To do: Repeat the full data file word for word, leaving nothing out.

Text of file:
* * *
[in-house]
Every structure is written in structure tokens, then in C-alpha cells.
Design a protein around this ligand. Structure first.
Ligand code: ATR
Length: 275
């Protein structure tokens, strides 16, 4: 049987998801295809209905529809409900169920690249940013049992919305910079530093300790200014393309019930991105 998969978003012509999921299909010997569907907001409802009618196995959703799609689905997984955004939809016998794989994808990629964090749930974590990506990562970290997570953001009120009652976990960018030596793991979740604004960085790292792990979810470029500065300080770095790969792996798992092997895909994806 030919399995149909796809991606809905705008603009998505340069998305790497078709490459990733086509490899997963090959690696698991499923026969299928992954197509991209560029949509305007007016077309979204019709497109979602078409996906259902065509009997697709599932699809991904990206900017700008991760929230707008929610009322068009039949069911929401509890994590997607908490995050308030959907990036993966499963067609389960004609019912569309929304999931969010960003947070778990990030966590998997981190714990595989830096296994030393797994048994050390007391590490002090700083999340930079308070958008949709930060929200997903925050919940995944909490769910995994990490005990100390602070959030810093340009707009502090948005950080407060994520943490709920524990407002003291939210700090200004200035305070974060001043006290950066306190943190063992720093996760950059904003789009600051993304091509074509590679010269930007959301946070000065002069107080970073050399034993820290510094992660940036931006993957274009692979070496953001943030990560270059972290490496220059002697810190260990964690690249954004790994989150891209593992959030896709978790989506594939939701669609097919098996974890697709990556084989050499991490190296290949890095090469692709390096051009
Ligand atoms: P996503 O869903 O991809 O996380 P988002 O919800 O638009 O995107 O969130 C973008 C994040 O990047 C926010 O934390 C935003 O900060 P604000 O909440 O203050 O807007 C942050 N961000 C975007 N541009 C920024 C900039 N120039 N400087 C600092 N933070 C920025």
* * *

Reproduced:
[in-house]
Every structure is written in structure tokens, then in C-alpha cells.
Design a protein around this ligand. Structure first.
Ligand code: ATR
Length: 275
């Protein structure tokens, strides 16, 4: 049987998801295809209905529809409900169920690249940013049992919305910079530093300790200014393309019930991105 998969978003012509999921299909010997569907907001409802009618196995959703799609689905997984955004939809016998794989994808990629964090749930974590990506990562970290997570953001009120009652976990960018030596793991979740604004960085790292792990979810470029500065300080770095790969792996798992092997895909994806 030919399995149909796809991606809905705008603009998505340069998305790497078709490459990733086509490899997963090959690696698991499923026969299928992954197509991209560029949509305007007016077309979204019709497109979602078409996906259902065509009997697709599932699809991904990206900017700008991760929230707008929610009322068009039949069911929401509890994590997607908490995050308030959907990036993966499963067609389960004609019912569309929304999931969010960003947070778990990030966590998997981190714990595989830096296994030393797994048994050390007391590490002090700083999340930079308070958008949709930060929200997903925050919940995944909490769910995994990490005990100390602070959030810093340009707009502090948005950080407060994520943490709920524990407002003291939210700090200004200035305070974060001043006290950066306190943190063992720093996760950059904003789009600051993304091509074509590679010269930007959301946070000065002069107080970073050399034993820290510094992660940036931006993957274009692979070496953001943030990560270059972290490496220059002697810190260990964690690249954004790994989150891209593992959030896709978790989506594939939701669609097919098996974890697709990556084989050499991490190296290949890095090469692709390096051009
Ligand atoms: P996503 O869903 O991809 O996380 P988002 O919800 O638009 O995107 O969130 C973008 C994040 O990047 C926010 O934390 C935003 O900060 P604000 O909440 O203050 O807007 C942050 N961000 C975007 N541009 C920024 C900039 N120039 N400087 C600092 N933070 C920025």